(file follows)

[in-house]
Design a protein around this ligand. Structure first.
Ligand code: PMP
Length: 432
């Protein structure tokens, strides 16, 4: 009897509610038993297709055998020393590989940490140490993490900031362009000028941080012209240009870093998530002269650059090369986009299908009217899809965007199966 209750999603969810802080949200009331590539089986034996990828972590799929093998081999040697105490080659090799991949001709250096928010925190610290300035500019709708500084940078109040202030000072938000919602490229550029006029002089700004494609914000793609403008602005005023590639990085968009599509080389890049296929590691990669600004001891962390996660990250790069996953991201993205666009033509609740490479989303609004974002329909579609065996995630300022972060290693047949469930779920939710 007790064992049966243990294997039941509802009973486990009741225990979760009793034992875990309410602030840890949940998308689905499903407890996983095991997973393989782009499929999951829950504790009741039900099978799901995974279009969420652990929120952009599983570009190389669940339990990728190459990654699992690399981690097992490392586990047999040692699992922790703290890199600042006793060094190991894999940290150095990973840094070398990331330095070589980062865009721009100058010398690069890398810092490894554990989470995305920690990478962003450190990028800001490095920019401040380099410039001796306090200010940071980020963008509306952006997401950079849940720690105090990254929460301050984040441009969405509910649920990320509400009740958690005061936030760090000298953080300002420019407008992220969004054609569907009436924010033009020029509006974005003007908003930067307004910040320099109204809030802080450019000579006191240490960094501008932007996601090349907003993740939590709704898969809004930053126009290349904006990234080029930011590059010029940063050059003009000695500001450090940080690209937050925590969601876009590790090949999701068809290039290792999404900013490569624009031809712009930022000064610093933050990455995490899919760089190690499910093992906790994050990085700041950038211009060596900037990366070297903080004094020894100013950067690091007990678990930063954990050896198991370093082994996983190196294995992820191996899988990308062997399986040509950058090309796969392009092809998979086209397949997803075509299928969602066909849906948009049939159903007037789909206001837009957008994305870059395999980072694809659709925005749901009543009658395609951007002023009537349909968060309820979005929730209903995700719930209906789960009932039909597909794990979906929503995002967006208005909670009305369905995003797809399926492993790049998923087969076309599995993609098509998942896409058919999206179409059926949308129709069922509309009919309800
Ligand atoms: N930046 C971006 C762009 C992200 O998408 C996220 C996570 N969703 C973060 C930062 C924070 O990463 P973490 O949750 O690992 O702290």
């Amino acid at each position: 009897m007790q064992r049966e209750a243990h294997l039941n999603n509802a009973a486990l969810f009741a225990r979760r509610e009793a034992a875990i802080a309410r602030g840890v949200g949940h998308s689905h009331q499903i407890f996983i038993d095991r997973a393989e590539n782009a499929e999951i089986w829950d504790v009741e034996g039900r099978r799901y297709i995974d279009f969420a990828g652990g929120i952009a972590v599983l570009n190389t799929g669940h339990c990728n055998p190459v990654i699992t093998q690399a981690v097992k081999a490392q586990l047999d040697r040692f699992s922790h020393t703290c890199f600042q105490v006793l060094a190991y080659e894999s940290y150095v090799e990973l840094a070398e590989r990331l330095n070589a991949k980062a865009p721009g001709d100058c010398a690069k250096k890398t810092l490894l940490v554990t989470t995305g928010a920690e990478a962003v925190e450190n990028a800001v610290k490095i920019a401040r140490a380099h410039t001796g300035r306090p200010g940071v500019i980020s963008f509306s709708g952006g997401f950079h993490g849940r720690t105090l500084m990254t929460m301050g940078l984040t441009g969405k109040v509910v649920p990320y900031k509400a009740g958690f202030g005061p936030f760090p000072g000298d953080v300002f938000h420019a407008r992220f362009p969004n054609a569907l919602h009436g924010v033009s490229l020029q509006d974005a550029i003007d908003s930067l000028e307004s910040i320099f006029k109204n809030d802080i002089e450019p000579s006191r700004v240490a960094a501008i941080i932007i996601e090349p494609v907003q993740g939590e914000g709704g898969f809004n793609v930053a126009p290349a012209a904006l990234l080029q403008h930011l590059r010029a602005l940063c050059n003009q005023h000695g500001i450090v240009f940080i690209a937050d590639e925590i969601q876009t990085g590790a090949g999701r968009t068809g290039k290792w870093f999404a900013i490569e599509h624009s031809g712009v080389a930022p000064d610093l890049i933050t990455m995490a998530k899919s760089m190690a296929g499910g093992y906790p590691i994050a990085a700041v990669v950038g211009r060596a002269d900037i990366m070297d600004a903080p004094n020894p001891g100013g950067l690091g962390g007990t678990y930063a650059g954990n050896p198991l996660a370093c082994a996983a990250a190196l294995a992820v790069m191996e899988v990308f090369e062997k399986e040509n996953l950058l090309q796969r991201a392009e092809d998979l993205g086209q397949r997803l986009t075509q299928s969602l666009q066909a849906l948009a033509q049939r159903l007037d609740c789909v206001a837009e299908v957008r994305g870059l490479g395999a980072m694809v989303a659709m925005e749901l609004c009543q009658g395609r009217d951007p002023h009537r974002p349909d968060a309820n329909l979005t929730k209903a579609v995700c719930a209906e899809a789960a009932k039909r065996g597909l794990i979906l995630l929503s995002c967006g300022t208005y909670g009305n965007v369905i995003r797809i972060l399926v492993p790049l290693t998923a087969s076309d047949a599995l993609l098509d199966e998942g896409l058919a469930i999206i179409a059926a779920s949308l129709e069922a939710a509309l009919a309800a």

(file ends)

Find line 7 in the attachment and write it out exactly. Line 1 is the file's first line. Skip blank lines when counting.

């Amino acid at each position: 009897m007790q064992r049966e209750a243990h294997l039941n999603n509802a009973a486990l969810f009741a225990r979760r509610e009793a034992a875990i802080a309410r602030g840890v949200g949940h998308s689905h009331q499903i407890f996983i038993d095991r997973a393989e590539n782009a499929e999951i089986w829950d504790v009741e034996g039900r099978r799901y297709i995974d279009f969420a990828g652990g929120i952009a972590v599983l570009n190389t799929g669940h339990c990728n055998p190459v990654i699992t093998q690399a981690v097992k081999a490392q586990l047999d040697r040692f699992s922790h020393t703290c890199f600042q105490v006793l060094a190991y080659e894999s940290y150095v090799e990973l840094a070398e590989r990331l330095n070589a991949k980062a865009p721009g001709d100058c010398a690069k250096k890398t810092l490894l940490v554990t989470t995305g928010a920690e990478a962003v925190e450190n990028a800001v610290k490095i920019a401040r140490a380099h410039t001796g300035r306090p200010g940071v500019i980020s963008f509306s709708g952006g997401f950079h993490g849940r720690t105090l500084m990254t929460m301050g940078l984040t441009g969405k109040v509910v649920p990320y900031k509400a009740g958690f202030g005061p936030f760090p000072g000298d953080v300002f938000h420019a407008r992220f362009p969004n054609a569907l919602h009436g924010v033009s490229l020029q509006d974005a550029i003007d908003s930067l000028e307004s910040i320099f006029k109204n809030d802080i002089e450019p000579s006191r700004v240490a960094a501008i941080i932007i996601e090349p494609v907003q993740g939590e914000g709704g898969f809004n793609v930053a126009p290349a012209a904006l990234l080029q403008h930011l590059r010029a602005l940063c050059n003009q005023h000695g500001i450090v240009f940080i690209a937050d590639e925590i969601q876009t990085g590790a090949g999701r968009t068809g290039k290792w870093f999404a900013i490569e599509h624009s031809g712009v080389a930022p000064d610093l890049i933050t990455m995490a998530k899919s760089m190690a296929g499910g093992y906790p590691i994050a990085a700041v990669v950038g211009r060596a002269d900037i990366m070297d600004a903080p004094n020894p001891g100013g950067l690091g962390g007990t678990y930063a650059g954990n050896p198991l996660a370093c082994a996983a990250a190196l294995a992820v790069m191996e899988v990308f090369e062997k399986e040509n996953l950058l090309q796969r991201a392009e092809d998979l993205g086209q397949r997803l986009t075509q299928s969602l666009q066909a849906l948009a033509q049939r159903l007037d609740c789909v206001a837009e299908v957008r994305g870059l490479g395999a980072m694809v989303a659709m925005e749901l609004c009543q009658g395609r009217d951007p002023h009537r974002p349909d968060a309820n329909l979005t929730k209903a579609v995700c719930a209906e899809a789960a009932k039909r065996g597909l794990i979906l995630l929503s995002c967006g300022t208005y909670g009305n965007v369905i995003r797809i972060l399926v492993p790049l290693t998923a087969s076309d047949a599995l993609l098509d199966e998942g896409l058919a469930i999206i179409a059926a779920s949308l129709e069922a939710a509309l009919a309800a």